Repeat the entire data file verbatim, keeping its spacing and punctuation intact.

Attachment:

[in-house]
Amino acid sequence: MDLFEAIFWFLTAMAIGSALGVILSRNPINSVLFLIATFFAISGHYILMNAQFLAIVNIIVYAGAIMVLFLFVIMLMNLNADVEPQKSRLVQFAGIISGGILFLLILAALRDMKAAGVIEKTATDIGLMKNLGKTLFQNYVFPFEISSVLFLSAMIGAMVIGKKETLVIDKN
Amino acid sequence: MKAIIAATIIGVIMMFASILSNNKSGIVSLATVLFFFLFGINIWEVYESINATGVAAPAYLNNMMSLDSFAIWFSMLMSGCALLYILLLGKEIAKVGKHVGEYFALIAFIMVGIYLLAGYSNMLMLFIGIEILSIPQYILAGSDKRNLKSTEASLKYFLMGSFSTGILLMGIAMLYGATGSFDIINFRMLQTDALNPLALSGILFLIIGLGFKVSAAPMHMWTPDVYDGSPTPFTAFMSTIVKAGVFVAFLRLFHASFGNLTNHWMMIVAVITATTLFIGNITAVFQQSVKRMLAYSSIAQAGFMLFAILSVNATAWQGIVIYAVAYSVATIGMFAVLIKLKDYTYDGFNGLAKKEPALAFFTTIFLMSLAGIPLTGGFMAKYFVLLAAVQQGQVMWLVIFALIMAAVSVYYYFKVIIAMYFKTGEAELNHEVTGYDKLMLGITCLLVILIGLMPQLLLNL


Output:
[in-house]
Amino acid sequence: MDLFEAIFWFLTAMAIGSALGVILSRNPINSVLFLIATFFAISGHYILMNAQFLAIVNIIVYAGAIMVLFLFVIMLMNLNADVEPQKSRLVQFAGIISGGILFLLILAALRDMKAAGVIEKTATDIGLMKNLGKTLFQNYVFPFEISSVLFLSAMIGAMVIGKKETLVIDKN
Amino acid sequence: MKAIIAATIIGVIMMFASILSNNKSGIVSLATVLFFFLFGINIWEVYESINATGVAAPAYLNNMMSLDSFAIWFSMLMSGCALLYILLLGKEIAKVGKHVGEYFALIAFIMVGIYLLAGYSNMLMLFIGIEILSIPQYILAGSDKRNLKSTEASLKYFLMGSFSTGILLMGIAMLYGATGSFDIINFRMLQTDALNPLALSGILFLIIGLGFKVSAAPMHMWTPDVYDGSPTPFTAFMSTIVKAGVFVAFLRLFHASFGNLTNHWMMIVAVITATTLFIGNITAVFQQSVKRMLAYSSIAQAGFMLFAILSVNATAWQGIVIYAVAYSVATIGMFAVLIKLKDYTYDGFNGLAKKEPALAFFTTIFLMSLAGIPLTGGFMAKYFVLLAAVQQGQVMWLVIFALIMAAVSVYYYFKVIIAMYFKTGEAELNHEVTGYDKLMLGITCLLVILIGLMPQLLLNL